What is Docker Alpine Linux and build-base?

Alpine Linux is a popular Linux distribution in the Docker community. Alpine's primary marketing is a distribution that is a security-oriented, lightweight, simple and based on musc libc and busybox. musc libc is,

... an implementation of the C standard library built on top of the Linux system call API, including interfaces defined in the base language standard, POSIX, and widely agreed-upon extensions

musl libc website

and busybox is an embedded centric combination of:

... tiny versions of many common UNIX utilities into a single small executable. It provides replacements for most of the utilities you usually find in GNU fileutils, shellutils, etc. The utilities in BusyBox generally have fewer options than their full-featured GNU cousins; however, the options that are included provide the expected functionality and behave very much like their GNU counterparts. BusyBox provides a fairly complete environment for any small or embedded system. BusyBox has been written with size-optimization and limited resources in mind.

busybox website

The end product is a general lightweight Linux distribution that is a great base image option for Docker containers. However, if you've come across Alpine before when creating Docker containers you've likely come across the package build-base before. A quick Google search will probably reveal this GitHub thread, which presents the build-base package as a convenient equivalent of build-essential in the Ubuntu world. But what's inside of it? Let's create a simple Dockerfile and build a container to find out!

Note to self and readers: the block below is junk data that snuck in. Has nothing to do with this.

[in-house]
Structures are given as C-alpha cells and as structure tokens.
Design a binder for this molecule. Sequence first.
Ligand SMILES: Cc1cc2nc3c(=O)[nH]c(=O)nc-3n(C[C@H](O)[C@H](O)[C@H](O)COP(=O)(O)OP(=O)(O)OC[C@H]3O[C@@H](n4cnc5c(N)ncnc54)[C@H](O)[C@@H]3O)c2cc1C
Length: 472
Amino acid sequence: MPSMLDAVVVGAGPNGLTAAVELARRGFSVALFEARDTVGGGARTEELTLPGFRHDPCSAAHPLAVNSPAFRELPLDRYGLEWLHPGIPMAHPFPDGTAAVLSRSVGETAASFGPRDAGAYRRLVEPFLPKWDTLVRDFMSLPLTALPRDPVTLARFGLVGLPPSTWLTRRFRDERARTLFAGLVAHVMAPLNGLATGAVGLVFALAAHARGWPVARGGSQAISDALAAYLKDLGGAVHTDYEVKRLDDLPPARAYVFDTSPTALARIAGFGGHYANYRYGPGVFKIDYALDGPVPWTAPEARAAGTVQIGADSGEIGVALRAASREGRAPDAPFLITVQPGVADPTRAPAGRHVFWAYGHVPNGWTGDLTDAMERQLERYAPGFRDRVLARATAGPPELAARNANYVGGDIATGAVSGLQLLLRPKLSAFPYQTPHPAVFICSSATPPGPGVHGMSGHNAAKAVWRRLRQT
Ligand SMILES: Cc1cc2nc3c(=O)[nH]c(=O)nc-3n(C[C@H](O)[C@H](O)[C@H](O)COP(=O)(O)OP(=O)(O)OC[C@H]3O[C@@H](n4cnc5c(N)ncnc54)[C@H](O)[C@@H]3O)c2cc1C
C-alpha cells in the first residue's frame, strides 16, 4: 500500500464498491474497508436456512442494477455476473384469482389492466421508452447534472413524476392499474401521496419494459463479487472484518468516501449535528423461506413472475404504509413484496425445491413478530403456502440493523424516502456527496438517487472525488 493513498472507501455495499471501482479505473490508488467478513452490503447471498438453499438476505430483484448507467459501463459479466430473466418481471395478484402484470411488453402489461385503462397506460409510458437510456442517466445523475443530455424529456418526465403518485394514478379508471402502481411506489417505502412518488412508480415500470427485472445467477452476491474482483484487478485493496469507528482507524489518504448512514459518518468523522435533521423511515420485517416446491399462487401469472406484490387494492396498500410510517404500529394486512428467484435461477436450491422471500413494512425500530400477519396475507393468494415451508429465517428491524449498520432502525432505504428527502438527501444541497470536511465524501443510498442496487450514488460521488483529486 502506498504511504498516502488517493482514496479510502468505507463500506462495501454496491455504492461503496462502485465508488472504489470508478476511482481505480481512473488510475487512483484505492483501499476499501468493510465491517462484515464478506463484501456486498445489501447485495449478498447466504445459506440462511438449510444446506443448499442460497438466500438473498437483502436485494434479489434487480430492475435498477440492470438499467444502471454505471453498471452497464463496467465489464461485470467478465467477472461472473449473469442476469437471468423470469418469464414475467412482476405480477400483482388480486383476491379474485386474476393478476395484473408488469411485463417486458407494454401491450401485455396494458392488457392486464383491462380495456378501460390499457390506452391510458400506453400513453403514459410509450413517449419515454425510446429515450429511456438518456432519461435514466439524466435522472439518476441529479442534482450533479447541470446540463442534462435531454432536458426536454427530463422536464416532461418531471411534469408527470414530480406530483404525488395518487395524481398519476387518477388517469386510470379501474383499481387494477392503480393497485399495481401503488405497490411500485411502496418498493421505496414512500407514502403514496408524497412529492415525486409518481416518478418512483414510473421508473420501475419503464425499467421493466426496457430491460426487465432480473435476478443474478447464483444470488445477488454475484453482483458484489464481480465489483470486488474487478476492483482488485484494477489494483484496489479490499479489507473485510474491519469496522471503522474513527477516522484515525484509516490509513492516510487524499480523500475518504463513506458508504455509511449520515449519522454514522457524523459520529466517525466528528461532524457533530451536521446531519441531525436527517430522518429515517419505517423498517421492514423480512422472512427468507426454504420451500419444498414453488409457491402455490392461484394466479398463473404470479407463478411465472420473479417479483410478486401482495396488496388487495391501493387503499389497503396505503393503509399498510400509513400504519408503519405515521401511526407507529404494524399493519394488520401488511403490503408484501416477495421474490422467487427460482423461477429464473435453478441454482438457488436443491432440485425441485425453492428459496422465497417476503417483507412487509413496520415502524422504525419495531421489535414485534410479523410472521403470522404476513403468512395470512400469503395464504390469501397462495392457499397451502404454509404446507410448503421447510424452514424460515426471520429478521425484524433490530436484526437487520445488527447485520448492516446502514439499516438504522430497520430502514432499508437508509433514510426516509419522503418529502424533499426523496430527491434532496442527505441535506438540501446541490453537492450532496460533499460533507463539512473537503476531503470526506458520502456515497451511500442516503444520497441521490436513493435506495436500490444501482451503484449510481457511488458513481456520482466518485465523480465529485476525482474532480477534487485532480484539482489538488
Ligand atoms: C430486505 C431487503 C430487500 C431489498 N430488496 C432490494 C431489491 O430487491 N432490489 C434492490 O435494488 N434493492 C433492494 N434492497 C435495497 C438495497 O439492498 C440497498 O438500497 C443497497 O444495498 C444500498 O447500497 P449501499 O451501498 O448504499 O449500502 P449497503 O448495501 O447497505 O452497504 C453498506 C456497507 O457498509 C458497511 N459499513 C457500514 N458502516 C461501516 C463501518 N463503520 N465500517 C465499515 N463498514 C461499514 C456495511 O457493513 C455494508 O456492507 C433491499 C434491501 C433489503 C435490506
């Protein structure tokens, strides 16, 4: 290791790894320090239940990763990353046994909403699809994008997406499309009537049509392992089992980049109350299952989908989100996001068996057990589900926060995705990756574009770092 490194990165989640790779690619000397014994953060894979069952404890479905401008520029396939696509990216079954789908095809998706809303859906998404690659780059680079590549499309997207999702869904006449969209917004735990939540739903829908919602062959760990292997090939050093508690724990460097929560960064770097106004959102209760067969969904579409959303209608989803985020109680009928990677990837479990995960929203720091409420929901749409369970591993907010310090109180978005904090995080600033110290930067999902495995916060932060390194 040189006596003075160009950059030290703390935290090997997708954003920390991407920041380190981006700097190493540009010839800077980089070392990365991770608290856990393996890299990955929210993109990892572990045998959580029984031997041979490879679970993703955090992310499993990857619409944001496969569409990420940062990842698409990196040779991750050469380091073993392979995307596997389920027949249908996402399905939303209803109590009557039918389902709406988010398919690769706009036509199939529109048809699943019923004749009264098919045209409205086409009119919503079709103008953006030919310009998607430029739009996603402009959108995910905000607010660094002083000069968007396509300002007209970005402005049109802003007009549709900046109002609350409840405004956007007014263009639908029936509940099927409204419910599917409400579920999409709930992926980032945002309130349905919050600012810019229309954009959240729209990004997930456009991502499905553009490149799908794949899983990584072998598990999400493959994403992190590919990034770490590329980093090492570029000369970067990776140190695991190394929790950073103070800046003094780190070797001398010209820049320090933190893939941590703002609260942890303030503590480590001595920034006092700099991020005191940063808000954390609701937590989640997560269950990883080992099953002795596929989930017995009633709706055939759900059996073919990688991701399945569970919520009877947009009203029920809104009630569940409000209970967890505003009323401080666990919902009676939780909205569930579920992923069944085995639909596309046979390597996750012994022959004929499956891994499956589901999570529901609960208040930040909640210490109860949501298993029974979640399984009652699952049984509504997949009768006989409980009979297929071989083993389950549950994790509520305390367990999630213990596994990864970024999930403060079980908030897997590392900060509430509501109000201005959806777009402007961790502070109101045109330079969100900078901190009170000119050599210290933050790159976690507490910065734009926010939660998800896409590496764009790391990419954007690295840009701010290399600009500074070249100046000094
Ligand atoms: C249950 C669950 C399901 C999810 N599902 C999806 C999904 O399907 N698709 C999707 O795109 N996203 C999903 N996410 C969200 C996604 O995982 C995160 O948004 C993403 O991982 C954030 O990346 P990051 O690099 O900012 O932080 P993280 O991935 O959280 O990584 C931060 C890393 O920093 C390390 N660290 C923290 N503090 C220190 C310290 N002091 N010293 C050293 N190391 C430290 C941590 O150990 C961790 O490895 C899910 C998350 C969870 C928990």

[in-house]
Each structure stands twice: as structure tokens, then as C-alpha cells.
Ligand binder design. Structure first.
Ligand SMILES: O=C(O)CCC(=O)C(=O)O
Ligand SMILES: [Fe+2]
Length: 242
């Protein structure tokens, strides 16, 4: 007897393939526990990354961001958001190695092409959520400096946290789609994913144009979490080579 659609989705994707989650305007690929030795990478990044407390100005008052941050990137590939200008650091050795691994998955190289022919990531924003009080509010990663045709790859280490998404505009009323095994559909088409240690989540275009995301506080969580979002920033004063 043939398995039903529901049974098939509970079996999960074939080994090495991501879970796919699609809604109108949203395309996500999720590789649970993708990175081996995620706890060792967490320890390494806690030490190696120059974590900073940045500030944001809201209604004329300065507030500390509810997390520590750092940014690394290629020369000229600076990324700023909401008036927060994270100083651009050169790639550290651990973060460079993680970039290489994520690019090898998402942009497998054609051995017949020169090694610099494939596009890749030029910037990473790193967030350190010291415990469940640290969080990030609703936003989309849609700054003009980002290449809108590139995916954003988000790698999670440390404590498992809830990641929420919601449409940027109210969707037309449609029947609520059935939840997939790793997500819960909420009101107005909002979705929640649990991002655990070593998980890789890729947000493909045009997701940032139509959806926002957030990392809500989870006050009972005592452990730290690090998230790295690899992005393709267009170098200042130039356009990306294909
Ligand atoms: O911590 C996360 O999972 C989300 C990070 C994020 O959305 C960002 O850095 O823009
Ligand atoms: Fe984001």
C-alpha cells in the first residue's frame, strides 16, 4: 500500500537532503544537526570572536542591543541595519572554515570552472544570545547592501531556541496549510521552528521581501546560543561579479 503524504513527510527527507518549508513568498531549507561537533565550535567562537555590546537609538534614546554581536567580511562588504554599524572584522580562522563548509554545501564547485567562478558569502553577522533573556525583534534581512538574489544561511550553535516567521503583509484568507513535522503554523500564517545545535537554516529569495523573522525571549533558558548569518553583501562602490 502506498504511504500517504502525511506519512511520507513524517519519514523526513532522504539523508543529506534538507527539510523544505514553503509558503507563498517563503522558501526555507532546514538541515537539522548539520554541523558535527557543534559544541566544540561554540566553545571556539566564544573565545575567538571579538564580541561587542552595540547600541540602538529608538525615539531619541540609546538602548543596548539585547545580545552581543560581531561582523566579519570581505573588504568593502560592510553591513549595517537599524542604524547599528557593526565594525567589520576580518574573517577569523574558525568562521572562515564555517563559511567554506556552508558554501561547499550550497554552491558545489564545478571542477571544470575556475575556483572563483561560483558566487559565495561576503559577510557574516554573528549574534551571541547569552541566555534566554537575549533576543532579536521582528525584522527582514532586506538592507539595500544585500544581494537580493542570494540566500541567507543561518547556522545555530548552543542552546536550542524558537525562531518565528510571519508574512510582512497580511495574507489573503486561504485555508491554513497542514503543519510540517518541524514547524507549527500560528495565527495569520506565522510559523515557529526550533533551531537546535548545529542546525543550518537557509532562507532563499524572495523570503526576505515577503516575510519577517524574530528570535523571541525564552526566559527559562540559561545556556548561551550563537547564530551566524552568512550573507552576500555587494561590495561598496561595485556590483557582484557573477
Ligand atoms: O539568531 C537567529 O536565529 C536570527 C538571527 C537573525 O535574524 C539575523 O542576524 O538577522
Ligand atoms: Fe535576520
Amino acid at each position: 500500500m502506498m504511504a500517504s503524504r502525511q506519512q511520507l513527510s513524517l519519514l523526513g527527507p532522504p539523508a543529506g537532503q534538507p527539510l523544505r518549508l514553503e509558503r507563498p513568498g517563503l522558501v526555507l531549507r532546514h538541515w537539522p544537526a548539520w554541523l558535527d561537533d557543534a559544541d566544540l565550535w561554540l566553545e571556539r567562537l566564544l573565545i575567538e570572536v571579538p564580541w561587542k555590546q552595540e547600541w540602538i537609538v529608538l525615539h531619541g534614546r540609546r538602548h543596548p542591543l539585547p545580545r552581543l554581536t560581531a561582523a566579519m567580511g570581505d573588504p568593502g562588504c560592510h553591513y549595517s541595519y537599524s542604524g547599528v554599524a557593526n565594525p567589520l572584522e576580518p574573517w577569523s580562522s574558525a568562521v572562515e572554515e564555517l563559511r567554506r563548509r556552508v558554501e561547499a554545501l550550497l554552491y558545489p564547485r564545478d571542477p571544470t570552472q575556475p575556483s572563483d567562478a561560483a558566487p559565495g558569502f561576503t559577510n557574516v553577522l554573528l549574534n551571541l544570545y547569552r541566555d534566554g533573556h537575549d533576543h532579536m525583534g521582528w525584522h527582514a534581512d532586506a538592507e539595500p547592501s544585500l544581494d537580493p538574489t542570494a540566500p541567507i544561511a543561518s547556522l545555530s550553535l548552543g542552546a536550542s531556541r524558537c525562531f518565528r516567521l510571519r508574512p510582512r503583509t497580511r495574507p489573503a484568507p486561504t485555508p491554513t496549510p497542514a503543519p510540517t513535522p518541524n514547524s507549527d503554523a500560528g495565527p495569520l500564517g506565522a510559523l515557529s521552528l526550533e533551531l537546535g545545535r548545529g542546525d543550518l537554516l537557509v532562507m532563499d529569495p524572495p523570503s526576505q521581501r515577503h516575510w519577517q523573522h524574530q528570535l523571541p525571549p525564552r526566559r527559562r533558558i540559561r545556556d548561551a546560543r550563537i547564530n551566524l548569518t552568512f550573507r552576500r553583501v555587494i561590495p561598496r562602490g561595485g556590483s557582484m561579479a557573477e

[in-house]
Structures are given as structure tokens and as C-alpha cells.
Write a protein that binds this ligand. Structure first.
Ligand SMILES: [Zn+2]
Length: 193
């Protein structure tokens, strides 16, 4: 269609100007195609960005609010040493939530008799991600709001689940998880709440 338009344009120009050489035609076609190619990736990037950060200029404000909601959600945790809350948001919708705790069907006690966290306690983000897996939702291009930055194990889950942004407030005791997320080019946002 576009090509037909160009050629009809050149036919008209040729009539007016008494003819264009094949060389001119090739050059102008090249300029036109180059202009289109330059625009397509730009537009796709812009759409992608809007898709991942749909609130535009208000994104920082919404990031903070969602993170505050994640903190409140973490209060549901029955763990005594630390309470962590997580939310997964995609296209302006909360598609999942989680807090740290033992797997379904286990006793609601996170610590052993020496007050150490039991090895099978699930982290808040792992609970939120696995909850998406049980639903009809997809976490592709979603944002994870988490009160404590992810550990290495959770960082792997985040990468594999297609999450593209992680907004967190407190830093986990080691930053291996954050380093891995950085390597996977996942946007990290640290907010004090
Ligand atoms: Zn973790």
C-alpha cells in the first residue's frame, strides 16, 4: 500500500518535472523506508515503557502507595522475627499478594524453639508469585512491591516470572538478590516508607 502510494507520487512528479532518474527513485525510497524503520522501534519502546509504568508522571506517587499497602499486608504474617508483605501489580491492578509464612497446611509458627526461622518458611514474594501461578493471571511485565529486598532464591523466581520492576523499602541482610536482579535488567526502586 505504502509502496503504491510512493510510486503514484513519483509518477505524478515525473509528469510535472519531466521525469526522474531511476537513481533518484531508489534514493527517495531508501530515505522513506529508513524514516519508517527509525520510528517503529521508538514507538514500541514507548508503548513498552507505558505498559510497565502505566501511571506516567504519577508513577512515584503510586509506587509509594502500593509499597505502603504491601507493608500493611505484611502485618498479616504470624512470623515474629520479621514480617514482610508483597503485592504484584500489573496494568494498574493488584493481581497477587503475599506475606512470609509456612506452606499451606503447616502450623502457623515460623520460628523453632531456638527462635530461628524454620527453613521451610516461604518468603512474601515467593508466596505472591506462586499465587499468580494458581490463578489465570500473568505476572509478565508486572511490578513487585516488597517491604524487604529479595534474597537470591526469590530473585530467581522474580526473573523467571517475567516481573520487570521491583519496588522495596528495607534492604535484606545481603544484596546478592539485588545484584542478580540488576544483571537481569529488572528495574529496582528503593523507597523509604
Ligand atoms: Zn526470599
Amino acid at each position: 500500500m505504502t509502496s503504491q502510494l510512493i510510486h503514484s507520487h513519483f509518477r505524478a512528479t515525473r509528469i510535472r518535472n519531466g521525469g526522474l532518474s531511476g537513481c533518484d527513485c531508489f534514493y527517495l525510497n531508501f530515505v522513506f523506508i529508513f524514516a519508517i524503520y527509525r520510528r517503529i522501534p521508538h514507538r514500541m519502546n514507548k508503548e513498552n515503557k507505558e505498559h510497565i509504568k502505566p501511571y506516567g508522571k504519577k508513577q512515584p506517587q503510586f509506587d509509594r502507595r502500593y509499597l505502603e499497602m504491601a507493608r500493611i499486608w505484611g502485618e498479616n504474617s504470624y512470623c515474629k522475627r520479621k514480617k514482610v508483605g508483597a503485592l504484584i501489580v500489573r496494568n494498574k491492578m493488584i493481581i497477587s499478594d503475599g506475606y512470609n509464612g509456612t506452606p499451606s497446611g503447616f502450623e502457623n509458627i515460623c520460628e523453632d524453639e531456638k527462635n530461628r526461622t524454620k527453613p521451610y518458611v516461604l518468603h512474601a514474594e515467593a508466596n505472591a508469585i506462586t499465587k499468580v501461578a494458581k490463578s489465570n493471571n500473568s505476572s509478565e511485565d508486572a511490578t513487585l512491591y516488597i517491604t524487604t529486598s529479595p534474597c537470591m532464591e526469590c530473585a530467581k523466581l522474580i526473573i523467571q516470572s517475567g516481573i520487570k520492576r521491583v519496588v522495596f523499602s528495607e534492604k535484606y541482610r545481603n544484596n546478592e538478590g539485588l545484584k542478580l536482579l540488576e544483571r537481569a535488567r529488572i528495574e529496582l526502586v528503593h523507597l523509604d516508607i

FROM alpine

# Update the installer
RUN apk update -qq && apk upgrade

RUN apk add build-base

CMD ["sh"] 

By building this container via docker build . I am greeted with the following output (snipped for brevity):

Step 4/5 : RUN apk add build-base
(1/18) Installing libgcc (9.2.0-r4)
(2/18) Installing libstdc++ (9.2.0-r4)
(3/18) Installing binutils (2.33.1-r0)
(4/18) Installing libmagic (5.37-r1)
(5/18) Installing file (5.37-r1)
(6/18) Installing gmp (6.1.2-r1)
(7/18) Installing isl (0.18-r0)
(8/18) Installing libgomp (9.2.0-r4)
(9/18) Installing libatomic (9.2.0-r4)
(10/18) Installing mpfr4 (4.0.2-r1)
(11/18) Installing mpc1 (1.1.0-r1)
(12/18) Installing gcc (9.2.0-r4)
(13/18) Installing musl-dev (1.1.24-r2)
(14/18) Installing libc-dev (0.7.2-r0)
(15/18) Installing g++ (9.2.0-r4)
(16/18) Installing make (4.2.1-r2)
(17/18) Installing fortify-headers (1.1-r0)
(18/18) Installing build-base (0.5-r1)
Executing busybox-1.31.1-r9.trigger
OK: 177 MiB in 32 packages

libgcc is part of GCC's low-level runtime library that contains helpers for arithmetic operations, error handling and miscellaneous operations.

libstdc++ is the GNU Standard C++ Library v3.

bintuils is a collection of "binary tools"

file is Unix and Unix-like operating systems for recognizing the type of data contained in a computer file.

gmp is a C arithmetic precision library

isl is a C "integer set library"

libgomp is a C multi processing runtime library

libatomic is a C atomic operations library

mpfr4 is a C "multiple-precision floating-point computations with correct rounding" library

mpc1 is a "multi precision" C library

gcc is the GNU Compiler Collection

musl-dev is the musl c library implementation with development files.

libc-dev is a "meta package" for libc

g++ is the GNU C++ Compiler

make is the GNU make utility

fortify-headers is a compile time buffer check library; and finally